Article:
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Booze Mascots are the New Folk Heroes   1 comment

mimitwHello, dear reader!  If you are anything like me you are just waking up from last night’s bender, memories hazy and with a dull throbbing reminder that you can not handle your booze like you could when you were a teenager.  Perhaps as you sipped on your glass of fire water you took the time to ponder who is responsible for the ruin your life has become.

Marketing for alcohol is typically aimed at men, are filled with bikini-girls and total-bros and sells a generally unrealistic idea of what a night out drinking looks like.

Image stolen from a much more thoughtful discussion about alcohol advertisement over at Talking Reckless.

I hope one of those girls farts right in his ear.

But things change over time. Just take a look at this new Bacardi ad:

…is that the sax solo from Careless Whisper on the Spanish guitar at 0:10?

Bacardi USA’s new ¡Vivimos! campaign, consists of a short film and a series of commercials that tell the story of Emilio Bacardi’s involvement in the Cuban War of Independence and the Spanish-American War.  He joins the likes of John Jameson and “The Most Interesting Man in the World” as part of the ongoing effort to separate the drunken public from their money.  Alcohol sponsored Folk Heroes.

Dos Equis kicked this trend off in 2006.

Fun facts about this guy, his real name is Johnathan Goldsmith, he is from New York and you can hear what he really sounds like here, in an interview about his work to save Siberian tigers.  Pretty… interesting! (Huh? HUH?! You like that joke? Yeah, you like that joke.).  He is also perhaps the new Bill Brasky.

John Jameson, founder of Jameson Irish Whiskey, has gotten a similar treatment.

What is a folk hero?  I am glad you ask, dear reader.  A folk hero is defined as someone who is admired for their achievements by the ordinary people of a particular region.  Their stories are passed down from one generation to the next, getting bigger and more fantastic over time, until you end up with Abraham Lincoln fighting vampires (the book is worth reading, honestly).  They are the national heroes.  The Daniel Boones, the Paul Bunyans the Johnny Appleseeds.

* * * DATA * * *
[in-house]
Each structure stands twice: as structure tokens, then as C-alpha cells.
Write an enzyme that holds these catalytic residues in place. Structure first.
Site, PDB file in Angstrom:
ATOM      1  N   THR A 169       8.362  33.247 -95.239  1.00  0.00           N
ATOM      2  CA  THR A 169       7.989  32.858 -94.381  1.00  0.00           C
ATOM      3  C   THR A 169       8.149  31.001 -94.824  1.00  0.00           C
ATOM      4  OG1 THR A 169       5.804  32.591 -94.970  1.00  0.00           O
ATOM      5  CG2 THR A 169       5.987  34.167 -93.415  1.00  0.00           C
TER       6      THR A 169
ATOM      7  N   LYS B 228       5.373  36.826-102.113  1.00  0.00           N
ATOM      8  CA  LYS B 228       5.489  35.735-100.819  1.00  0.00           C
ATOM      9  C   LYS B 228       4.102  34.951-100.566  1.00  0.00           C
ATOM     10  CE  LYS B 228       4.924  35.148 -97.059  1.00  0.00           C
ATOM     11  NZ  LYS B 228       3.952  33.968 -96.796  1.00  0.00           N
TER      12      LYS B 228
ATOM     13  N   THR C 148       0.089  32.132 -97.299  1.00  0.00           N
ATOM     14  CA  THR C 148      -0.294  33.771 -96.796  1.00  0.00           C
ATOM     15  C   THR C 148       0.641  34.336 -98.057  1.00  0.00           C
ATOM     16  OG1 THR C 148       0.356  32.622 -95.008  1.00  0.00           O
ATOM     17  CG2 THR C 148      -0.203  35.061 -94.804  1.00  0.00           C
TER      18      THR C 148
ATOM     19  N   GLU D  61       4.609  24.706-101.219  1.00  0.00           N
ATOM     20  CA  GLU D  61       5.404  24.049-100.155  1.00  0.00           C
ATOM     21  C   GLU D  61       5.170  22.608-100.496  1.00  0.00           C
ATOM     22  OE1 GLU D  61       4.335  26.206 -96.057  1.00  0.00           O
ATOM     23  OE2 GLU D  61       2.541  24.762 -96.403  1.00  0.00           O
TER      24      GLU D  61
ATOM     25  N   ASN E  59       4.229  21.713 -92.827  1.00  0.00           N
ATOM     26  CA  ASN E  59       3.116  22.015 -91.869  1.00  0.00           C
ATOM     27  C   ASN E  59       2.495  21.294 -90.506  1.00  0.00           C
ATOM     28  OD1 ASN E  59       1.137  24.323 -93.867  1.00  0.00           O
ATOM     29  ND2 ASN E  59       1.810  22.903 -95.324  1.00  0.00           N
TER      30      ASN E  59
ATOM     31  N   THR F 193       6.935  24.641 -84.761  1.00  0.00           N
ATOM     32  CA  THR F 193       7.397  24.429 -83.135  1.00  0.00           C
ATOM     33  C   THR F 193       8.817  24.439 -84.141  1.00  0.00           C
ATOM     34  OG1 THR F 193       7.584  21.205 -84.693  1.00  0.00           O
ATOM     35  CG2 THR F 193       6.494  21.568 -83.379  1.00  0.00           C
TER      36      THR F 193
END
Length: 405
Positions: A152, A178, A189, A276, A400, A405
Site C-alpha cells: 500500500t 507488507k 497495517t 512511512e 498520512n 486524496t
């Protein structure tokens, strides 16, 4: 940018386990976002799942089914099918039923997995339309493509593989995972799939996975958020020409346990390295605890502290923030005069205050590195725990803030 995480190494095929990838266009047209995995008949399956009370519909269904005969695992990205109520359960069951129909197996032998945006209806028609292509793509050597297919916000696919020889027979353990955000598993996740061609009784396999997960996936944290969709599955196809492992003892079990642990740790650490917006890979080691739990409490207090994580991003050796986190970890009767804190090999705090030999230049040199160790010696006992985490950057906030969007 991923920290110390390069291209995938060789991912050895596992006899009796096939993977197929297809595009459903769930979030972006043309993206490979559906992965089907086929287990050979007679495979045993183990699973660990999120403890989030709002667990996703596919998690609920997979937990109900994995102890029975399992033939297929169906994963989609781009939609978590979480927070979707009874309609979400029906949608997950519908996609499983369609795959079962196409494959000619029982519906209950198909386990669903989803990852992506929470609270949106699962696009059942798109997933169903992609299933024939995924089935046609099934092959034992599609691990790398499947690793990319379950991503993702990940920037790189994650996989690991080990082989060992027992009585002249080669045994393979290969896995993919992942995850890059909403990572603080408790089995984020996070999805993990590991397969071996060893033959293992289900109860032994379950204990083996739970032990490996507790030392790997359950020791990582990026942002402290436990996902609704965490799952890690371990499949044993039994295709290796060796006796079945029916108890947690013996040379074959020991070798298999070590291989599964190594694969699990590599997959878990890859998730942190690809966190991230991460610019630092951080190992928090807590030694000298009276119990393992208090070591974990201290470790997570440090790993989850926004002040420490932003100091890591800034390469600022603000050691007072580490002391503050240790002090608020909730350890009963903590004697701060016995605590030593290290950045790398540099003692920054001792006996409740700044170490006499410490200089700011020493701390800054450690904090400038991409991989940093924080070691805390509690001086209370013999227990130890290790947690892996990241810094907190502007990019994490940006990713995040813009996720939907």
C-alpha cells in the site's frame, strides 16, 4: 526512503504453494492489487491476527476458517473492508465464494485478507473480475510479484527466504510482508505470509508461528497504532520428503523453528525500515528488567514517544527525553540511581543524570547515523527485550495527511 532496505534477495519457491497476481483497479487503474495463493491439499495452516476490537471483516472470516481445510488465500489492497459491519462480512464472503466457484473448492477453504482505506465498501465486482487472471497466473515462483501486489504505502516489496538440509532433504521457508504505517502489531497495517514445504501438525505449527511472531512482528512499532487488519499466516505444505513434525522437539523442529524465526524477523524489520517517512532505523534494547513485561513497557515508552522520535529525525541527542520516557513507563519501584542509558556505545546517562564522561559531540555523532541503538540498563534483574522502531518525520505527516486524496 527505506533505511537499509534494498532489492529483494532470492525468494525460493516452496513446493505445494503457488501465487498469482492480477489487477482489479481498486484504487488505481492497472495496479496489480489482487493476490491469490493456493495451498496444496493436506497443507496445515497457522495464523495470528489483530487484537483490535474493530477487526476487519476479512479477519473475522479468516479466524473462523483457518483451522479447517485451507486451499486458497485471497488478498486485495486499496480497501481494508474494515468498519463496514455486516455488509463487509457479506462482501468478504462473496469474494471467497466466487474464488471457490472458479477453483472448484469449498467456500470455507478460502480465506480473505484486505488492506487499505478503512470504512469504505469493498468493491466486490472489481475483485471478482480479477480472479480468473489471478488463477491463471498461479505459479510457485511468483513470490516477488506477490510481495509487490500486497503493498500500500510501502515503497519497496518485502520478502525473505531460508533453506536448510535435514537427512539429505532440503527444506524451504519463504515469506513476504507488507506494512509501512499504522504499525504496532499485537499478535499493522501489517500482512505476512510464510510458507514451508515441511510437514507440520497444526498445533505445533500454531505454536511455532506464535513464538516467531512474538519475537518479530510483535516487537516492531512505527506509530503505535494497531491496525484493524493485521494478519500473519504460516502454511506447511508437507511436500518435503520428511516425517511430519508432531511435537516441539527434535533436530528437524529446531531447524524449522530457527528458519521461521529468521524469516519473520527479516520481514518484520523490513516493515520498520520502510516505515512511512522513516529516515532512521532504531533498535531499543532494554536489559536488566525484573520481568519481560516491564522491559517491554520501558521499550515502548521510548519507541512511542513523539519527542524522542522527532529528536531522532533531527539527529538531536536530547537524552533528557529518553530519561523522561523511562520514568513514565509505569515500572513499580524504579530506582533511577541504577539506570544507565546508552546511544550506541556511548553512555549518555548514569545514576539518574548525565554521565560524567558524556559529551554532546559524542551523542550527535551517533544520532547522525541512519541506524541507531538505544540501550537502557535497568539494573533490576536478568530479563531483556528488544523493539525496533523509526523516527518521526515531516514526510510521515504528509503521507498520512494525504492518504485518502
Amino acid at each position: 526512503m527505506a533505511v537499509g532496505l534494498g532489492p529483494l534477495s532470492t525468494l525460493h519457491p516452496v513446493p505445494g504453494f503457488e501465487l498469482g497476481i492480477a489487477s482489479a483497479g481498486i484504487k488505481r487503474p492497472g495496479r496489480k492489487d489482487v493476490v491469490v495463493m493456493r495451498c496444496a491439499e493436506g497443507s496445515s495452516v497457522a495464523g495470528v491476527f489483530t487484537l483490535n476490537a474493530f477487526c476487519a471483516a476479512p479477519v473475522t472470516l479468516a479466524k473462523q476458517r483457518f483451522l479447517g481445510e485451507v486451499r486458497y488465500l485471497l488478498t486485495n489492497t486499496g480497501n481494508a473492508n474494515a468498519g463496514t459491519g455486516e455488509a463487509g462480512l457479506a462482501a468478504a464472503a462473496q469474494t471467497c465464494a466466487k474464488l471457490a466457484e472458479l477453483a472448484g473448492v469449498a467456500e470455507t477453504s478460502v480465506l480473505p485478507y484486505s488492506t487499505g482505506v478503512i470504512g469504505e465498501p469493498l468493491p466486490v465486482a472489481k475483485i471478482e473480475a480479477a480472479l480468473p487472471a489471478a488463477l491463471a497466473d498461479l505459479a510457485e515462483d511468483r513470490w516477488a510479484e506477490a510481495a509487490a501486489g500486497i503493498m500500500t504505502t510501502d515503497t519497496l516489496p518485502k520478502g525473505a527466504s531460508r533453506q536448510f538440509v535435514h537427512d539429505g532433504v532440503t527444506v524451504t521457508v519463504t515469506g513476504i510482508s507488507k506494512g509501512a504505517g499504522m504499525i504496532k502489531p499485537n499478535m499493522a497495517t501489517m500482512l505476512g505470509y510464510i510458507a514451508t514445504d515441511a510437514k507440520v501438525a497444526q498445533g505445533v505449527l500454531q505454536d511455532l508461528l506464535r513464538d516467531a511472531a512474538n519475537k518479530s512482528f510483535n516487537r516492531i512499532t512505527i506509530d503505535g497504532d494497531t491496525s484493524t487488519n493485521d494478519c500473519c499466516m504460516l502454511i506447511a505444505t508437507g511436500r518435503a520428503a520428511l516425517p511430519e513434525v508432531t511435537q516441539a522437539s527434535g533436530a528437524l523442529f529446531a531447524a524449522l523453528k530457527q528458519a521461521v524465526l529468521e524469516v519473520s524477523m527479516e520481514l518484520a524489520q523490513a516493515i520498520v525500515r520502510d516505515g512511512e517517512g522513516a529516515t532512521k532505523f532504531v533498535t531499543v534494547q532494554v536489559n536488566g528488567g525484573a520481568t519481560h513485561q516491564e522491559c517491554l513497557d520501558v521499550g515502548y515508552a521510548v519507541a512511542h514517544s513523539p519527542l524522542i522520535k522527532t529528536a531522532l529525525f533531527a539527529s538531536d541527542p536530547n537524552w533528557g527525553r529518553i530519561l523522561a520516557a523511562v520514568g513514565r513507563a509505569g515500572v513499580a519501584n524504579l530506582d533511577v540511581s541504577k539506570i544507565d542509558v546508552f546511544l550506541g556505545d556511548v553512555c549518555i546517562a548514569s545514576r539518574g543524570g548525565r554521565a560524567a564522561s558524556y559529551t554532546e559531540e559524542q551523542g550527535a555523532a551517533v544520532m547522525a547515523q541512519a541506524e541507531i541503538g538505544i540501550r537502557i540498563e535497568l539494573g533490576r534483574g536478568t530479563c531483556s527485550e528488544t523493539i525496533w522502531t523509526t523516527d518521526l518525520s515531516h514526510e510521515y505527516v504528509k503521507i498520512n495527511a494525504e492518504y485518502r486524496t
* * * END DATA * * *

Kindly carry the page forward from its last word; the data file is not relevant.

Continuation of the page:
These new heroes are best described as Fakelore, meaning that they are characters designed to have mass-market appeal while retaining the characteristics of folk stories.  Bacardi has a one up in legitimacy over Jameson and the Dos Equis mascot in that his story is true, although highly romanticized.

These “heroes” allow the viewer to project themselves into those stories and in turn convince themselves that if they buy the product that they will be more like the character.  It won’t.  No amount of Dos Equis will make anyone the least bit more interesting to anyone other than themselves.

Where is that warning label?

Drink responsibly!

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Posted July 10, 2013 by atomicsam in TV

Tagged with , , , ,

One response to “Booze Mascots are the New Folk Heroes

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  1. I was thinking just yesterday about how marketing was the most evil thing anyone could ever do. I don’t care if you market puppies to orphans; you need to stop or http://www.youtube.com/watch?v=Azp91hVsQHY

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